Homogenous is Not a Dirty Word

As long as the term is used to describe who is most attracted to your church instead of describing how you are trying to keep someone out, then homogenous is not a dirty word!

We have seen great growth over recent decades in terms of people accepting people of other backgrounds. When it comes to race and ethnic background, multi-cultural is the culture. That’s a good thing.

However, we do well to observe that there is more homogeneity than people sometimes realize. For example, if you go to a contemporary church, the music is the same, the lighting is the same, the fog machine is the same, and there is coffee in the foyer. The preachers all shave exactly the same number of times per week — two. There is never a hymnal, a pipe organ, or a choir. Nothing wrong with it, mind you, but it is homogenously the same.  We’ve all seen “Produced Church” on YouTube.

I have been scouring my library for the book where I read the story; so I can’t cite the book or the writer. But the writer told of going to a church and they were telling him that he was wrong to affirm the homogenous church. They pointed out that their congregation was multi-racial and that their members came from varying countries, even. He walked them to the book table filled with volumes written by leading Christian thinkers and replied, “But you are an homogenous group; you are all intellectuals!” Peter Wagner described another church and its homogenizing factor:

“Rather than being a unit determined by racial, linguistic or class differences–all of which are fairly evident when they are present, it is determined by psychological factors–which may be invisible to the casual observer.” (C. Peter Wagner, Your Church Can Grow, Regal, 1976)

Or take this interview with Bill Hybels on Church Leaders.com. He was asked about practical steps he would recommend to church planters:

Bill Hybels: I can think of two. The first is how to decide where to locate their church. When I talk with church planters, I always start by talking about vision. But quite quickly after the vision talk, I ask this question: “What demographic do you think calls the best out of you?” When you’re with a certain kind of people, do you get a sense of exuberance—that these are the kind of people I want to do life with?

Some church planters actually think that’s an illegal question. But let me give you an example. I was talking with a church planter who was on the verge of quitting. I knew his family background. These were very sophisticated people—grad school trained, excellent educational institutions and all that. And the church planting organization had put him in a blue collar, lower education level, semi-rural setting that was boring this guy to tears.

These were lovely people. It’s just that they didn’t call the best out of him. He would want to discuss complex subject matters and things that are going to shape the future of the world. But they were not willing to engage in those conversations—the kind that gave him a lot of life and excitement. So I said, “Before you quit and go back into the business world, why don’t you see if there’s another plant that can be done in an area with a demographic that you actually feel fairly excited about?” And he said, “I couldn’t ask for that because that would be arrogant.” I said, “I don’t know that you ought to feel like that’s so bad, because a certain environment is going to call the best out of you and in another environment you’re not going to feel like such a great fit.”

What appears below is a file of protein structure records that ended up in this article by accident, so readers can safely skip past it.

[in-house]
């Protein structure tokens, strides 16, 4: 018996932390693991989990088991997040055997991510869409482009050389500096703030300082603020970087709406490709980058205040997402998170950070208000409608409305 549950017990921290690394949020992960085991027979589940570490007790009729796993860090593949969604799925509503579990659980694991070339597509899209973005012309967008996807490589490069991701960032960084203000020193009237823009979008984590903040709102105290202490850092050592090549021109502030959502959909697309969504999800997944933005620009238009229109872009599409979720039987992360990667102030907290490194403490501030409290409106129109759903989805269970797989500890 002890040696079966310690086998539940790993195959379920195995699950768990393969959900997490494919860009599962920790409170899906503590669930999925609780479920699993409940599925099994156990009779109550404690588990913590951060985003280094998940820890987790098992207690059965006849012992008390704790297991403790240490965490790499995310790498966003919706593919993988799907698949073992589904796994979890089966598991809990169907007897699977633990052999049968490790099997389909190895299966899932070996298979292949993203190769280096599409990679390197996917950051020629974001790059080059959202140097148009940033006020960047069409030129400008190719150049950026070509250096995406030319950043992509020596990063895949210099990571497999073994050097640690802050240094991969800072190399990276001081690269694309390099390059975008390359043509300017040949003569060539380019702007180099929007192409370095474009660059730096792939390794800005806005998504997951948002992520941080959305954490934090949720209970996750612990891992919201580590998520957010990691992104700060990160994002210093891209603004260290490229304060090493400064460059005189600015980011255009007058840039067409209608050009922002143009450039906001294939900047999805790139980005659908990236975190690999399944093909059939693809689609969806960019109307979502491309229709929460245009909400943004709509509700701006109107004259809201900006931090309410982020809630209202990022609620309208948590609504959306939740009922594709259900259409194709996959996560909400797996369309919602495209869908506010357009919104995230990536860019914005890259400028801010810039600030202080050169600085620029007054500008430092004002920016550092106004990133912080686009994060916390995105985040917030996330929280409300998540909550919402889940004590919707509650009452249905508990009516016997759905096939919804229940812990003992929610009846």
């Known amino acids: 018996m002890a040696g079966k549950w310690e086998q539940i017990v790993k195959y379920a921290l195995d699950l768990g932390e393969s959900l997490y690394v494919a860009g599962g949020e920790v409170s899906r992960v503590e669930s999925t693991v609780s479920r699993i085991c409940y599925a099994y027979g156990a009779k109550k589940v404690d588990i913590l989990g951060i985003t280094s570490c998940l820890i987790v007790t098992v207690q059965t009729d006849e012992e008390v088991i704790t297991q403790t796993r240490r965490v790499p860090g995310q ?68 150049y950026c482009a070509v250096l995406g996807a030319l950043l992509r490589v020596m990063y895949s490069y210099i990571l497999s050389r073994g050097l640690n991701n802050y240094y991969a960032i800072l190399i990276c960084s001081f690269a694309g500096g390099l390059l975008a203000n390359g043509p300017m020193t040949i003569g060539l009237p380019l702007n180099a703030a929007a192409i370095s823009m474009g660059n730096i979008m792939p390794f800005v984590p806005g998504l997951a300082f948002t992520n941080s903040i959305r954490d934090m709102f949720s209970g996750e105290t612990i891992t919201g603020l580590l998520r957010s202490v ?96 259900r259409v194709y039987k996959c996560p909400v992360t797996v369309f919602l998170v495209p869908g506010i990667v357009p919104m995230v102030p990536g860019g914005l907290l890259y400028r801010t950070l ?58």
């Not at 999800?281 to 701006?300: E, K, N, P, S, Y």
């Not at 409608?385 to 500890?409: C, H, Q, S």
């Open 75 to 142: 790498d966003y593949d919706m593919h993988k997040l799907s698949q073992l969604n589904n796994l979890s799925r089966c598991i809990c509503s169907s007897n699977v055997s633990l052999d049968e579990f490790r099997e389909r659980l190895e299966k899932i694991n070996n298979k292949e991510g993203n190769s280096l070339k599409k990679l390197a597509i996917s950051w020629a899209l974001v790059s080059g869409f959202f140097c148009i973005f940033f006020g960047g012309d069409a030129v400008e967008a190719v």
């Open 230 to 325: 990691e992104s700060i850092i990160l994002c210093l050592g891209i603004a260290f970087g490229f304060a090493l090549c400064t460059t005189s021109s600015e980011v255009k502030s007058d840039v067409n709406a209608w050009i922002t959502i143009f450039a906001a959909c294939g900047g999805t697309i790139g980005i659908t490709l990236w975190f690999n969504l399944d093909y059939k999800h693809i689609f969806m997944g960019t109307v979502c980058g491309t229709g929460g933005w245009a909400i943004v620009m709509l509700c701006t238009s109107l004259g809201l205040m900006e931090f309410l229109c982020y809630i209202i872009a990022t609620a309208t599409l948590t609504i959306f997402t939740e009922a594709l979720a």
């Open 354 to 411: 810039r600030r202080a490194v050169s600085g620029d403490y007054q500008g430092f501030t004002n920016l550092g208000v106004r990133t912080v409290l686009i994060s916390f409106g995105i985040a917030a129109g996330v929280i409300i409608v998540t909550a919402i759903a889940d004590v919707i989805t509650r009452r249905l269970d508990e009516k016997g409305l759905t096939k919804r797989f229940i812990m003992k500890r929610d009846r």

And I think “fit” is key. God can always overrule it and call you to do anything. But if you have a choice in the matter, why don’t you choose to locate where the demographics call the best out of you? I heard from him several years later. He had relocated. It was like talking to a different guy. And he said: “I wouldn’t have stayed in ministry in that setting. But this is the group I’m supposed to be with.”

Could someone honestly say that it’s OK for a church planter to relocate to the community that he is best suited to reach, but that it’s not OK for a church to consider relocating to a community where they might be more effective corporately?  Just because they don’t have a significant number of members with the apostolic gift of cross-cultural evangelism, they are not OK?

If a congregation reaches out to their community and can’t find a way to have a significant impact in some ethnic population or the other, are they really wrong if, as a matter of strategy, they start a new church to better reach that population? I mean, really, they are willing to spend tens of thousands of dollars and hundreds of hours working with the planting pastor and the core group in reaching a people group, and that makes them racists?

And what about all the multi-racial, multi-national churches with no senior adults? Or cowboys? Or rednecks? Or blue collar workers?  Or PC users?  Yeah, what about those congregations where everyone uses Apple products?  (And I suppose, since there are so few of them as a percentage of the population, that Linux users would simply be an unreached people group.)  How inclusive are we when we factor in small towns?

And since a church can be only one kind of church at a time, will we have a blended culture?  That would mean we would keep parts of each culture and toss out some parts of each culture; will we risk insulting someone’s culture?  Will we ask new members to renounce those parts of the culture from which they came in order to be a member?  What happens when your company transfers you to another city?  Then, will you have to renounce the combined culture of Amalgamated Community Church in order to fit into the new culture at your new church?  I’m just saying this political correctness thing can become an idol.

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